After the COVID-19 vaccine, you may have:
• A sore arm where you got the shot
• A headache
• Chills
• Fever
• Tiredness

Over the counter pain relievers and fever reducers may help. You should feel better in a day or two. If you still don't feel well after two or three days, talk to your health care provider.

Can I get an allergic reaction from the COVID-19 vaccine?

People can have allergic reactions to any medication or biological product such as a vaccine. Most allergic reactions occur shortly after a vaccine is administered, which is why the CDC recommends that persons with a history of anaphylaxis (due to any cause) are observed for 30 minutes after vaccination, while all other persons are observed for 15 minutes after vaccination. All vaccination sites must be equipped to ensure appropriate medical treatment is available in the event of an unlikely allergic reaction. The Centers for Disease Control and Prevention recommends anyone with an allergy to "any component" of the vaccine not get the vaccine.

Will there be side effects from the vaccine?

No serious side effects related to the vaccines have been reported. Common side effects that have been observed in clinical studies include fatigue, muscle soreness at the injection site and fever.

Is it better to get natural immunity to COVID-19 rather than immunity from a vaccine?

No. While you may have some short-term antibody protection after recovering from COVID-19, we don't know how long this protection lasts. Vaccination is the best protection, and it is safe. People who get COVID-19 can have serious illnesses, and some have debilitating symptoms that persist for months.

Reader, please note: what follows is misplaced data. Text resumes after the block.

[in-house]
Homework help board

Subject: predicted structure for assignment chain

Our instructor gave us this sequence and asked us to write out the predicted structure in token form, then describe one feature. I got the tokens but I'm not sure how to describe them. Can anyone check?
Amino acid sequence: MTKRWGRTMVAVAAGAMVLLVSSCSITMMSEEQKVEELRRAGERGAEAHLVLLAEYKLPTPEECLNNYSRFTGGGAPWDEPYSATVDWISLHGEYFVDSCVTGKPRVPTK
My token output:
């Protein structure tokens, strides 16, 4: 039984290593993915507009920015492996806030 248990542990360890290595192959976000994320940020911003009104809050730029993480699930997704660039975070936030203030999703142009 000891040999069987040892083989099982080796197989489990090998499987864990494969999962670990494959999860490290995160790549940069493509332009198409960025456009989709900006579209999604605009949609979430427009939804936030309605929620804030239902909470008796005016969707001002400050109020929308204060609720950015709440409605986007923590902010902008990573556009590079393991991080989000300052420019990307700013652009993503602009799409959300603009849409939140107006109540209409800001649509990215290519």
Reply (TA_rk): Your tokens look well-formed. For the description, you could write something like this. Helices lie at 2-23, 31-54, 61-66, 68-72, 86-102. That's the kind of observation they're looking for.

How long will vaccine immunity last?

Researchers do not yet know how long immunity lasts after vaccination. That's why continuing prevention practices like wearing a mask, washing your hands regularly and social distancing will still be important.

I've heard about "herd immunity." What would it take to get the population to "herd immunity" for COVID-19?

'Herd immunity' happens when enough people have protection from a disease that it is unlikely that the disease will continue to spread. As a result, the virus won't easily spread among the community. Experts do not know what percentage of people would need to get vaccinated to achieve herd immunity to COVID-19. They also do not know how long the vaccine will protect people.
Letting COVID-19 spread through communities naturally would lead to unnecessary infections, suffering and death.

If I get a COVID-19 vaccine, do I still need to wear a mask and social distance?

Yes. You will need to continue to wear a mask, practice social distancing and good hand hygiene for the foreseeable future as the vaccine gets rolled out in phases.
Experts need more time to understand the protection that COVID-19 vaccines provide before deciding to change recommendations on mask use. Other factors, including how many people get vaccinated and how the virus is spreading in communities, will also affect this decision.

Will there be more than one vaccine available?

Yes. Currently, three vaccines have been authorized by the FDA, and more vaccines are expected.

Will I need more than one shot?

All but one of the COVID-19 vaccines currently in Phase 3 clinical trials in the U.S. need two shots to be effective.

Is the vaccine free?

Yes. The COVID-19 vaccines will be available at no cost.

Will I be required to get a vaccine?

New York State is not mandating the COVID-19 vaccine.

All information provided by the CDC and the New York State Department of Health. For more information, visit the CDC COVID Vaccine webpage or the NYSDOH COVID Vaccine webpage.